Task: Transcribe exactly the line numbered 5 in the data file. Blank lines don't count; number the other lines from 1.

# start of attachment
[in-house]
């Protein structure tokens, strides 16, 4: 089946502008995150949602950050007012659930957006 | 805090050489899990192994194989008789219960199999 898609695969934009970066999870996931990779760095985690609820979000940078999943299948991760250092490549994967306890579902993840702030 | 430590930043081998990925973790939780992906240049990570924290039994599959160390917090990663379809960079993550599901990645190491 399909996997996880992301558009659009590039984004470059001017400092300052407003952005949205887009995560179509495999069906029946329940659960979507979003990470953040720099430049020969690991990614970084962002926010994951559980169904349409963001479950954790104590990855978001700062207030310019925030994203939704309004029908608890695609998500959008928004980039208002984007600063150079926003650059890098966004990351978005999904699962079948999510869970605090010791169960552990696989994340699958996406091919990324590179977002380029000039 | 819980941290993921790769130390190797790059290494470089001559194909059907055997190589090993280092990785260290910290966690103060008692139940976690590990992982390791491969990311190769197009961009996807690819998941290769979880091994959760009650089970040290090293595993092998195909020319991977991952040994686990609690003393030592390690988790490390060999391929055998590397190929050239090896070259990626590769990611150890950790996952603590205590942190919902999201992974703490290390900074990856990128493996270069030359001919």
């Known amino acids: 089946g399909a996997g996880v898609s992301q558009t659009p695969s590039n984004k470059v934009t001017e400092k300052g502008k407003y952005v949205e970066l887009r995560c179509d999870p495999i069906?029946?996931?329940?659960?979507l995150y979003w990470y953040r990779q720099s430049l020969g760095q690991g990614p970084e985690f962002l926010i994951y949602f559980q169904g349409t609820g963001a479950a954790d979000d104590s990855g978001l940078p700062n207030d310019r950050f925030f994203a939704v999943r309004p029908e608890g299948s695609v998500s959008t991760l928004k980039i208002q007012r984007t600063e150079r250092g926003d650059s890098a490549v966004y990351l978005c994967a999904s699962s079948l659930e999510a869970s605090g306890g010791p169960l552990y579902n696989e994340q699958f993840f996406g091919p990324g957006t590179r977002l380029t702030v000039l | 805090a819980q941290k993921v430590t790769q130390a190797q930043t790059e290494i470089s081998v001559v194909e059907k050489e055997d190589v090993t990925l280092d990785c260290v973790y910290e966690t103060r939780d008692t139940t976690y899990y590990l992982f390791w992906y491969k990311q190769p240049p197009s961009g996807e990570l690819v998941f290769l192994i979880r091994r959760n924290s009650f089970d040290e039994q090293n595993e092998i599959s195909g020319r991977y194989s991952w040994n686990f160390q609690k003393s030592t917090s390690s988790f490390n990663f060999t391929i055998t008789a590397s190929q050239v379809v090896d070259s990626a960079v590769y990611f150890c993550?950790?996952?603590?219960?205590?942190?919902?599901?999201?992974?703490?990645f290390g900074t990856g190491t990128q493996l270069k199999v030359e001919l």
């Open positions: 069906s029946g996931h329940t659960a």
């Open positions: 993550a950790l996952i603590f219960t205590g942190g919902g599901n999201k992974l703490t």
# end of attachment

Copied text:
């Open positions: 993550a950790l996952i603590f219960t205590g942190g919902g599901n999201k992974l703490t």